Updated: Jun 5
In May of 2021, we road-tripped to see the ancient bristlecone pines down in the White Mountains. On our way "out," my husband wanted to take a "shortcut" via Silver Canyon Road. On this route, we happened upon a couple and young adult daughter with vehicle trouble. Long story short (you can read more about it here), after we tried to give their dead vehicle a jump, we drove the daughter, Abigail, down to Bishop, CA, and on that drive, we asked her lots of questions, one of which was, "What is your favorite hike in the area?" Without hesitation, she told us Little Lakes Valley/Rock Creek.
A little over a year later, we finally made it there ourselves.
And let me tell you this hike is going to be difficult to top – it's easy to see why it was so high on Abigail's list. It is likely my favorite hike we have ever done. So far. We go to a lot of amazingly beautiful places on our hikes, but this one was over the top for me. Every view along the trail was like a postcard. (So, this post is going to include a ton of photos and none of them do it justice.)
The time of year we did it definitely played a role in this hike rising to the top of my list. The lakes, creeks, and streams were still full of spring melt, and even though the temperature was on the cool side and parts of the trail were still covered in snow, it was breathtakingly beautiful and I have a feeling that this trail gets substantially busier during the summer. So, we came at the perfect time.
We got up extra early because it was a 3-hour drive ahead of us and we hoped to beat the anticipated crowds on what was a holiday weekend – this will be our third hike of the weekend – Haskell Peak and Tamarack Lakes were the first two.
When we arrived at the parking lot for the trailhead at around 9:30 AM, I was actually surprised that the lot wasn't more full, but we were still glad we got an early start. Several hiking groups and fisher people were also just arriving and having tailgate pre-hike snacks while gathering up their gear.
Our ultimate goal was to hike up to Gem Lake. We knew we'd run into some leftover snow on the trail and we'd be hiking above 10,000 ft. today, so we dressed in layers and used our hiking poles. We grabbed our packs and got going right away.
To start, next to the parking lot was the beautiful, rushing Rock Creek.
Check out that view ahead of us!
I stopped several times to take photos of the amazing landscape along this trail. Running creeks and lakes were everywhere.
This was one of my favorite spots along the trail. A rustic foot bridge over a babbling creek cutting into the landscape and flowing into the blue Heart Lake surrounded by snowy peaks and pines.
A view of Box Lake, the next lake up the chain.
Rock Creek flowing down into Box Lake.
The trail was wet in a few spots. This was one of them. Lots of rocks to use as stepping stones, though!
I love the way the creek cuts through the grass.
Then we were heading on to Long Lake. This picturesque treed corridor was on the way.
That view, though! Just incredible!
Long Lake was also one of my favorite areas of the hike. A lot of times when we're hiking around lakes, the trail is high above the lake and you're seeing it from a distance unless you hike down to the shoreline. On this trail, a portion of it was right alongside Long Lake and it was really neat to be hiking that close to such a beautiful lake. And the backdrop isn't bad, either.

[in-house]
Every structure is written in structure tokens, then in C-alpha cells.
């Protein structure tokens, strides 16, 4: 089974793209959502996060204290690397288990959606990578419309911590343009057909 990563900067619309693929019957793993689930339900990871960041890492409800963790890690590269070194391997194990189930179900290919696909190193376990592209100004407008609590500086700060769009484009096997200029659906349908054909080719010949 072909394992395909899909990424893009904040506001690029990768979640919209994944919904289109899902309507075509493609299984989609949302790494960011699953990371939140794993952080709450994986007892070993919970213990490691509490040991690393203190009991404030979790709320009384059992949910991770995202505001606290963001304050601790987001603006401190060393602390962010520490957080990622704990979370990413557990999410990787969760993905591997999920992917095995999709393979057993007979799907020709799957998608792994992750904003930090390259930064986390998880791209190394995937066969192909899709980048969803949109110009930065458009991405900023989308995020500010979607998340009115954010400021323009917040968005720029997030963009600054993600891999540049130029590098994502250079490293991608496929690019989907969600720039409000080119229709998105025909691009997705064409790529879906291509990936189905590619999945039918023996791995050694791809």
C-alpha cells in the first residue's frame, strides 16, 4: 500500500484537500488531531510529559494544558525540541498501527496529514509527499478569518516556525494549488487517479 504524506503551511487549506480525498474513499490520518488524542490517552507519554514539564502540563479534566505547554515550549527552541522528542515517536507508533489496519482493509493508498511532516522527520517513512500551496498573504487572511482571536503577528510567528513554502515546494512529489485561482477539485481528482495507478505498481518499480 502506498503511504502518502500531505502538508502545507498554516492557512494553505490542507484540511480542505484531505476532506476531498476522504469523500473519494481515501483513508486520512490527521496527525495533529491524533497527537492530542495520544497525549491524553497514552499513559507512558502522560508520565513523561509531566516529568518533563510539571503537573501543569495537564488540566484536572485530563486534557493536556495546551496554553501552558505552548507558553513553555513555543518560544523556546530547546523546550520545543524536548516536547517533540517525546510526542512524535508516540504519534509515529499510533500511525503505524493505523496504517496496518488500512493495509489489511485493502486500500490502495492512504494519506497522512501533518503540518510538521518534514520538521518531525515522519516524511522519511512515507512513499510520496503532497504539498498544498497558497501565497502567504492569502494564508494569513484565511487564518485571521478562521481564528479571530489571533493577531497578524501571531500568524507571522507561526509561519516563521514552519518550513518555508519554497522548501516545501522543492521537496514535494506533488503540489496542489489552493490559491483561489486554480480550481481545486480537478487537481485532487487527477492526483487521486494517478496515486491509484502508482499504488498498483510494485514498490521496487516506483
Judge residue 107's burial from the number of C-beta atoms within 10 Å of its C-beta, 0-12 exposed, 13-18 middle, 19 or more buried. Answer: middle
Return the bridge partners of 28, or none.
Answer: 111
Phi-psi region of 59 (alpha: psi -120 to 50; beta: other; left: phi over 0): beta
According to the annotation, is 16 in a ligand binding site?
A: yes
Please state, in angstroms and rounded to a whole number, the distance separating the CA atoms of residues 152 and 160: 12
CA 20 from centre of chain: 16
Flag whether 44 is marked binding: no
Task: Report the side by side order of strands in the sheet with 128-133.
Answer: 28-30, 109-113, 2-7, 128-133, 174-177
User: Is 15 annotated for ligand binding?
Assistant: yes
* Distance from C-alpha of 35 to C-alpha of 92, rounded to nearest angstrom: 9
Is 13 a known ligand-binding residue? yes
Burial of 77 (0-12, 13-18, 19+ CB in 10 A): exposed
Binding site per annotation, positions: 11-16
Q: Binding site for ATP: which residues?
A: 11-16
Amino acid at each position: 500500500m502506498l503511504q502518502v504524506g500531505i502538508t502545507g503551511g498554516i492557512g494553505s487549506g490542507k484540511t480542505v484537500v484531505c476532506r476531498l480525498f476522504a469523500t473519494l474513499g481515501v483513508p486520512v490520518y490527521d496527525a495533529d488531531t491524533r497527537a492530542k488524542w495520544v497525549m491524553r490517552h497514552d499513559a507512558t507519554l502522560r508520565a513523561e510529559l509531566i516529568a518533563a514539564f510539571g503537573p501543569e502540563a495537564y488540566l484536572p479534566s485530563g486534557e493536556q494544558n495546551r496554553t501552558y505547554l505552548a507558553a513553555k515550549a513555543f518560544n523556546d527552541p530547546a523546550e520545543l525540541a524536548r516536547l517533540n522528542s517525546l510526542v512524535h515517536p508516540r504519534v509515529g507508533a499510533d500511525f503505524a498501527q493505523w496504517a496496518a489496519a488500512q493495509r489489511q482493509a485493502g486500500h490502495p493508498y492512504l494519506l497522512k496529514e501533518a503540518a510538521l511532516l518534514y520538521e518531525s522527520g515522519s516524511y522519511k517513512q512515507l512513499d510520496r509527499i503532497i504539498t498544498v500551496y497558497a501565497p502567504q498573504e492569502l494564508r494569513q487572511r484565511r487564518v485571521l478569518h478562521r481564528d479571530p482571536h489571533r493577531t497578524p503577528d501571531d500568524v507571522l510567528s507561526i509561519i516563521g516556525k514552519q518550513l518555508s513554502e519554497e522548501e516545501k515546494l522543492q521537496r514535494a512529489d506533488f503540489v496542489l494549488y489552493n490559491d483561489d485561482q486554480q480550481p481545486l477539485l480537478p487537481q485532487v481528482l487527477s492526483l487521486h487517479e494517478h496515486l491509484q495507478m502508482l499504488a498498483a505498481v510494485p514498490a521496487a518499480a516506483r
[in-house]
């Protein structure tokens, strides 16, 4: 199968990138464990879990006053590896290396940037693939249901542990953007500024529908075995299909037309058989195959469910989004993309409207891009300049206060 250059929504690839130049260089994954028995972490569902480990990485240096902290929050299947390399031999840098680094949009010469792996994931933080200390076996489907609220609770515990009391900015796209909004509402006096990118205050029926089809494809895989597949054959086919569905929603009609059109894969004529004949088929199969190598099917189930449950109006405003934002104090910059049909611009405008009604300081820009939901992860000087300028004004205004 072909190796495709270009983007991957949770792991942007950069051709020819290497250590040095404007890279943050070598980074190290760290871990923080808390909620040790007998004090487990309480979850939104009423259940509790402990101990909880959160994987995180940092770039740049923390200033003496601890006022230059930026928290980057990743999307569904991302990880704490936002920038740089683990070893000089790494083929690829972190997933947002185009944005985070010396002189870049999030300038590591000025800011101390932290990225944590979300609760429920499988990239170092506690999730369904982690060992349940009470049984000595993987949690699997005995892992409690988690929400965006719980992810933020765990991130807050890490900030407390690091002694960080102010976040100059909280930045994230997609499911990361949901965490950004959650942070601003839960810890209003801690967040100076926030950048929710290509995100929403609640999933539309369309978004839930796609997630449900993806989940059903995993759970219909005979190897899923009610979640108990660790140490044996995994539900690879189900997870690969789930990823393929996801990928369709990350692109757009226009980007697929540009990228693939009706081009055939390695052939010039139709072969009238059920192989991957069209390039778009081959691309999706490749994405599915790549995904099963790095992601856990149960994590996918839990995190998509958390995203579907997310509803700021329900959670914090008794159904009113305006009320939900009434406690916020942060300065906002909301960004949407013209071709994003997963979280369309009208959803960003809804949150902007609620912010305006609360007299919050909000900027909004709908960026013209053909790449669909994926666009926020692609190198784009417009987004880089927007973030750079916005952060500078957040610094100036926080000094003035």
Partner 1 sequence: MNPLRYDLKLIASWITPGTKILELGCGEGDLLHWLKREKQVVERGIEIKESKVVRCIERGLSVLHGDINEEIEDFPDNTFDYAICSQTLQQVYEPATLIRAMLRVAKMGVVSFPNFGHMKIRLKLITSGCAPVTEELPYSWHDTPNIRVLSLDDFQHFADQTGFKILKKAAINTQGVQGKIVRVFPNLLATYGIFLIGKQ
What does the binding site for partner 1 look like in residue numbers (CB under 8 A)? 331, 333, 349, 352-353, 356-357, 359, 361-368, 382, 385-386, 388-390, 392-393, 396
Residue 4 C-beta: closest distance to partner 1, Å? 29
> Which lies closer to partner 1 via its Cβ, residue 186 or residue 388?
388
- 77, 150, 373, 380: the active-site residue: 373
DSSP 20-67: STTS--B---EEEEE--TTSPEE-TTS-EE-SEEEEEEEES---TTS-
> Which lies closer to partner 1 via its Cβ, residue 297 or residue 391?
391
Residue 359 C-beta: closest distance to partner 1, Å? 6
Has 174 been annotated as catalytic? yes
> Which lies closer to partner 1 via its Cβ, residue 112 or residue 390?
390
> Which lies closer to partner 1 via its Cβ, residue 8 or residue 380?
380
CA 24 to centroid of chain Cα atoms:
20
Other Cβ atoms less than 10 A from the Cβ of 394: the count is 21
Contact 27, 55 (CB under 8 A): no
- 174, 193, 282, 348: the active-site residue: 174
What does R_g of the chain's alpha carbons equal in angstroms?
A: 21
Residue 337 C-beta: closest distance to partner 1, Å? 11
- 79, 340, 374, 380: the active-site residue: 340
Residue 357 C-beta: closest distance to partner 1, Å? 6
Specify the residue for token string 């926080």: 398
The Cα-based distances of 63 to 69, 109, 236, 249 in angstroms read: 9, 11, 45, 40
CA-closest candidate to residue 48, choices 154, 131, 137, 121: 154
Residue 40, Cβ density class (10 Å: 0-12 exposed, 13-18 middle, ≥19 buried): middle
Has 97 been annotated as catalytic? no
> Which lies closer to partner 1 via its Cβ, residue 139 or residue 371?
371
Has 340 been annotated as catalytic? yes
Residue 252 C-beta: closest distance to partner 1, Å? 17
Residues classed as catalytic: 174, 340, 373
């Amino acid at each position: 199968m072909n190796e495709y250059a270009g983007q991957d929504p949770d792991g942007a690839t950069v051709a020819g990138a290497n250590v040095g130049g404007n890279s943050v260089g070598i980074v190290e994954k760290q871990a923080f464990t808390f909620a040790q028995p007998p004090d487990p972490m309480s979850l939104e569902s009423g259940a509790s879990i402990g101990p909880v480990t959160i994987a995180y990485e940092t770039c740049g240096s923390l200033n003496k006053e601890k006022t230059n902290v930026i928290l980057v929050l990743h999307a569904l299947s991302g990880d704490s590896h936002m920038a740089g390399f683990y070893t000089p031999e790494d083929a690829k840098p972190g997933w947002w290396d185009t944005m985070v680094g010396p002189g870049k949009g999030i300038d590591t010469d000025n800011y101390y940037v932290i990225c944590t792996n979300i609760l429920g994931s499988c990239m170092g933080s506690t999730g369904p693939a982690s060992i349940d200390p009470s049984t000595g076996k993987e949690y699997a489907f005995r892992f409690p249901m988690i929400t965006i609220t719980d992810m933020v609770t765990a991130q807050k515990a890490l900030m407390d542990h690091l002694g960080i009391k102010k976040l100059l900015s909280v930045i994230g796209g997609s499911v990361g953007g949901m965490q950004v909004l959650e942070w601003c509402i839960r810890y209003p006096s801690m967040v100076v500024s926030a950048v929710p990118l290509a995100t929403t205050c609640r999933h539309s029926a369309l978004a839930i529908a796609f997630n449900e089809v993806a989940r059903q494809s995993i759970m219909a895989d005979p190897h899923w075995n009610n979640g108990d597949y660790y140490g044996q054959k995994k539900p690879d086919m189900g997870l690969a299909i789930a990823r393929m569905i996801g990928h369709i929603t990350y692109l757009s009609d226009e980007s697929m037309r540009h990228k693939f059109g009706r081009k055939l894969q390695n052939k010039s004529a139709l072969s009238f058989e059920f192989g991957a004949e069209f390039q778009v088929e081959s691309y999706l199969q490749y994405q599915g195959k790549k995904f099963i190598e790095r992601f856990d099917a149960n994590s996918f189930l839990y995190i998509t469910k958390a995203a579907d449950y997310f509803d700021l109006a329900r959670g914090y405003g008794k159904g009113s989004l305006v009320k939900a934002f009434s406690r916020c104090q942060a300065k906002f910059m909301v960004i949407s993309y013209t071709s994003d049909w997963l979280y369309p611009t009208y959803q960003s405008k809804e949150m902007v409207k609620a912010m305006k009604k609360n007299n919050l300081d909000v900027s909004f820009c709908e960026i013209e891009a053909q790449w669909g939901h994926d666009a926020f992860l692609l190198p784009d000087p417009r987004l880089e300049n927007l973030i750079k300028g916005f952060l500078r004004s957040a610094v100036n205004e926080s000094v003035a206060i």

My husband standing on the trail next to Long Lake. The rock wall side of the trail had massive, massive rockslides at some point in history. You wouldn't want to get caught in one of those.
Shortly after Long Lake, we starting hitting more snow on the trail on our way up to Gem Lake. The leftover snow started at about 10,500 ft. We were very glad we had our poles for those sections of trail.
Snow to stepping stones and back to snow.
After navigating through the snowy, wet, muddy, slippery trail conditions (thank you to all who post-holed before us), we arrived at a partially frozen Gem Lake at over 10,800 ft.
As I was taking shoreline pics, a yellow-bellied marmot ran out from the bushes and posed for me.
We had some trail snacks while we sat along the lake's edge and then we got up and started making our way back down the trail.
Our last "lake stop" would be Chickenfoot Lake on our descent.
Walking along Chickenfoot Lake.
Chickenfoot Lake had a really rocky shoreline.
From here, we continued back down to the trailhead, which had gotten somewhat busier since we'd arrived that morning. It was about an 8-mile hike with over 1,110 ft. elevation gain, so it offered a decent challenge, but the entire hike was above 10,000 ft., which is rarely the case on most of our hikes. This one made me work a little bit on both the out and back, but the rewards along the way were well worth the little bit of effort.
By this time, I was ravenous. We loaded up our gear and headed back north on Hwy 395. Sadly, our favorite BBQ restaurant was closed for the day, so we stopped at a newer cafe that we hadn't been to yet. It's called the Coachwhip Cafe and the menu was nothing like we expected. They don't have indoor dining, but you can get your items to-go and then eat at one of the outdoor tables set up in the adjacent pasture.
I scanned the eclectic menu taped to the building next to the ordering window and made my selection. They brought our order out to us at the picnic table we chose and we were delighted that the food was incredibly fresh and tasty. I also had a homemade ginger hibiscus beverage, which was delicious and refreshing. Overall, I would definitely stop here again.
I really loved this hike and it's very high on my list of all-time favorites. Thank you to Abigail for the recommendation! It did not disappoint!